At the beginning of April, the Supreme Court heard two cases about indirect discrimination, a notoriously complex area of law. The Court explained that indirect discrimination is about 'dealing with hidden barriers which are not easy to anticipate or spot'.
In short, indirect discrimination deals with situations in which a provision, criterion or practice (PCP) puts a group of people who share a protected characteristic (such as age, sex or race etc) at a particular disadvantage when compared to others who are not part of that group.
Indirect discrimination isn't always easy to see coming. That said, the Court's unanimous decision in these cases does provide some reassurance about the steps employers can take to justify indirect discrimination.
Essop v Home Office
Essop worked for the Home Office. As a requirement for promotion, Home Office staff needed to pass a Core Skills Assessment (CSA). However, black and ethnic minority candidates and candidates over 35 were statistically less likely to pass the CSA than the average candidate. When the claimants failed their CSA, they brought claims of indirect race and age discrimination against the Home Office.
The Supreme Court upheld the appeal, finding that all that needs to be shown in an indirect discrimination claim is that there is a link between the PCP implemented and the disadvantage suffered by the group (as opposed to the claimant personally). This usually requires statistical evidence – and a statistically lower pass rate for the CSA was sufficient here.
Naeem v Secretary of State for Justice
Naeem brought a claim because Muslim chaplains were paid statistically less than their Christian counterparts. The difference was because pay was based on length of service and Muslim chaplains have only been in full employment in the Prison Service since 2002.
The Supreme Court rejected the Prison Service's argument that the reason for the disadvantage had nothing to do with race or religion – the pay scale was clearly a PCP that put Muslim chaplains at a particular disadvantage. However, the indirect discrimination claim ultimately failed because the Court accepted the practice was objectively justified as a way to reward experience and length of service.
The common issue in both cases was whether claimants in indirect discrimination claims need to show a reason why they suffered the particular disadvantage claimed. The Supreme Court has now put this issue to rest, confirming that it is enough to show that a PCP puts one group at a disadvantage, without going on to explain why. Statistics themselves will usually suffice for this purpose. The result for employees is that requirements to demonstrate indirect discrimination are now relatively low.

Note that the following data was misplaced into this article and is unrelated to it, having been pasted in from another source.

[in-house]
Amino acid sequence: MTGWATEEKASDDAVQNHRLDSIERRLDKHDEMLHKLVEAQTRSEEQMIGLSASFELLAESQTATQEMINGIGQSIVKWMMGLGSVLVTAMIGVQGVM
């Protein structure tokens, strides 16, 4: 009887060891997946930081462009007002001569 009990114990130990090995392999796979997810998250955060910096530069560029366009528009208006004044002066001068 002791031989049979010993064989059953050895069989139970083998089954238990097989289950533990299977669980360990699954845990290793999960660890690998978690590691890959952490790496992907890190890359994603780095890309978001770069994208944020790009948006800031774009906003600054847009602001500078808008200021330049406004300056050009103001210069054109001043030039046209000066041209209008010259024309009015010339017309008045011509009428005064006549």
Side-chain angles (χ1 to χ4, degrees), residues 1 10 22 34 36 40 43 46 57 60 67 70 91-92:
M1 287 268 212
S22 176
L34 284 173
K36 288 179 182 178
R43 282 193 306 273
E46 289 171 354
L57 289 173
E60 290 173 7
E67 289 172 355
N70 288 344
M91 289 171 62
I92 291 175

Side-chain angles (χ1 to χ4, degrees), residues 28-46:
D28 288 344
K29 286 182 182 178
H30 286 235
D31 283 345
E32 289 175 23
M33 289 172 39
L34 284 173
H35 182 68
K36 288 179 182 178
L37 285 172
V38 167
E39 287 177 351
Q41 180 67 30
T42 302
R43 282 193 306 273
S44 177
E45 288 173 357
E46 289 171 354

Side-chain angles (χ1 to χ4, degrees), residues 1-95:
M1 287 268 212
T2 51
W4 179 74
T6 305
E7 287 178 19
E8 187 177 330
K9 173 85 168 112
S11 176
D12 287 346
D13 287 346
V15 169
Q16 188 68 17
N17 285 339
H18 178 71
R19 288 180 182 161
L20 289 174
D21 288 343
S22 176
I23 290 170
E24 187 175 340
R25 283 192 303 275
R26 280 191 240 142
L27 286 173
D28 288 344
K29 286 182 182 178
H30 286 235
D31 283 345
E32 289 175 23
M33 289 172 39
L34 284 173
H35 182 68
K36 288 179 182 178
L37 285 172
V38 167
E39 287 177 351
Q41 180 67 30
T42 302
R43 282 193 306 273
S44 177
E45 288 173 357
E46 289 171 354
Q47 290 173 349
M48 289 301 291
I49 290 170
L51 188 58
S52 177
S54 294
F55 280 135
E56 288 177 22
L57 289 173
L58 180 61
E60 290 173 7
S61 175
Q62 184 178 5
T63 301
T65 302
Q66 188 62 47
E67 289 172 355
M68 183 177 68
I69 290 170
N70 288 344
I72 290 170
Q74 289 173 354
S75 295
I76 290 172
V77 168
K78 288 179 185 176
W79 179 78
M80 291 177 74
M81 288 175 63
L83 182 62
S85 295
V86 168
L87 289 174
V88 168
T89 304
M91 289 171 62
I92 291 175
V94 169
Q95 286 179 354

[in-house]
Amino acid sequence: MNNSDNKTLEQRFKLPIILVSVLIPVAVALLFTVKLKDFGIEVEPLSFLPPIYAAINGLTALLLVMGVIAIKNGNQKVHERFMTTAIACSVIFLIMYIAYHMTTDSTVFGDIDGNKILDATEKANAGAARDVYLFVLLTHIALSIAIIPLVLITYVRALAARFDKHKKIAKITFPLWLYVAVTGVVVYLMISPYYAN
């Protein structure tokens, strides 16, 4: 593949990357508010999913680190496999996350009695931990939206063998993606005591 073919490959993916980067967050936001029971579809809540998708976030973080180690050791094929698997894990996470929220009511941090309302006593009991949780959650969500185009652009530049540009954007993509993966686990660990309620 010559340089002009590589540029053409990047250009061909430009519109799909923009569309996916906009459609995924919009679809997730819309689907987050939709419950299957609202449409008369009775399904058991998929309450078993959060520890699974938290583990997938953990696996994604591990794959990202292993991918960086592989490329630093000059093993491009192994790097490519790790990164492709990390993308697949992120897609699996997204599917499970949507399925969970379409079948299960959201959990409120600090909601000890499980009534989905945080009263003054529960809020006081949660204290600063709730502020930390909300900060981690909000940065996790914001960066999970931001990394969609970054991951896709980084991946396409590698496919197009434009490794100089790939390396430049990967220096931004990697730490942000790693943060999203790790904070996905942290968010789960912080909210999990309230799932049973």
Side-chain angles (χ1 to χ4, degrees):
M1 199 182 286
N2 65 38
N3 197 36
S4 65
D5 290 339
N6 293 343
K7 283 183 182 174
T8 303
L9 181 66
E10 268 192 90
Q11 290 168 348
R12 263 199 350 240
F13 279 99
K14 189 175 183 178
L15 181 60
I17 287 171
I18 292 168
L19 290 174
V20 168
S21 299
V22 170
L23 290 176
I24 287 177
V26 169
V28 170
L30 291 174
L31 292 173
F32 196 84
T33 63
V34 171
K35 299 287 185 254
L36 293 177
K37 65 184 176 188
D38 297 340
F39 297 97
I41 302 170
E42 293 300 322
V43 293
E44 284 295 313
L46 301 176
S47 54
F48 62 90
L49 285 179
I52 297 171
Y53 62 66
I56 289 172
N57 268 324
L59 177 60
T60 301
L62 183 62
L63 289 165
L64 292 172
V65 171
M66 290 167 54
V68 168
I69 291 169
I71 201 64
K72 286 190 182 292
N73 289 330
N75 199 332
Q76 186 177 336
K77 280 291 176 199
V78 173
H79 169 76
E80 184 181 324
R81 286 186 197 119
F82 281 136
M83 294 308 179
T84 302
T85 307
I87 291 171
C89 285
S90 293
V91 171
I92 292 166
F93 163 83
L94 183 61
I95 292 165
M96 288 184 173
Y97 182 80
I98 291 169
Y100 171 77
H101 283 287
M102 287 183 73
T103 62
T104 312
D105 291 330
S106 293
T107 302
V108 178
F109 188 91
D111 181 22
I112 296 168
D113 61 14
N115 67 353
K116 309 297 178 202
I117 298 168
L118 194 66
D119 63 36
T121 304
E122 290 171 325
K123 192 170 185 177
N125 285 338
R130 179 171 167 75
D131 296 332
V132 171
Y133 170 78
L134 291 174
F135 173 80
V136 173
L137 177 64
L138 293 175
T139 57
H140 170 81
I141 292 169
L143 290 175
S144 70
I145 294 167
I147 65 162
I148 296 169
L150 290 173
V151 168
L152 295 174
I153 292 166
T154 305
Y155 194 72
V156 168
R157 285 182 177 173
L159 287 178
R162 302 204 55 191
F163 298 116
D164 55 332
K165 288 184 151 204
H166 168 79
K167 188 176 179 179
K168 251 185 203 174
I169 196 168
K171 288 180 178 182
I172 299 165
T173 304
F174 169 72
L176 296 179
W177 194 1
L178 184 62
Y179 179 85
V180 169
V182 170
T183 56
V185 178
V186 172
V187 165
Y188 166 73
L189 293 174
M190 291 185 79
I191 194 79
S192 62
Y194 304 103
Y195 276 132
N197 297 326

That said, it is not all doom and gloom for employers. The reality is that a lot of PCPs may on the face of it be indirectly discriminatory. However, the Supreme Court in Essop was at pains to point out that this is not necessarily something about which employers should recoil in horror or shame, especially as a lot of the time it may be due to factors over which an employer has little control or for which the employer has good reasons. Instead, the proper question for employers is whether the use of a PCP is objectively justified in the circumstances. This is a particularly important (and reassuring) point because, if a PCP can be shown to be both justified and proportionate then, as in the case of Naeem, an indirect discrimination claim will fail.
In order to justify indirect discrimination, an employer must establish:
1. A legitimate aim
This essentially means a 'real business need'. This might include things like health and safely, resourcing requirements or running an efficient service.
While costs can be taken into account as part of the reason for an employer's action, economic reasons alone will not be enough to justify discrimination.
The employer must show that the measures taken to achieve their aim were appropriate and 'reasonably necessary'. Employers should consider what options are available to them. If there are better and less discriminatory ways of achieving the same objective, it will be more difficult to justify discrimination.
The takeaway, then, is fairly simple – employers should keep a close eye on their policies and procedures and remain alive to any statistical discrepancy which might be used to support a claim for indirect discrimination. Employers might want to consider introducing discrimination impact assessments when new measures are proposed to ensure they have thought through why particular policies are being applied and considered any impact they may have on particular groups. By carrying out this exercise in advance, employers should be much better placed if allegations of indirect discrimination do arise.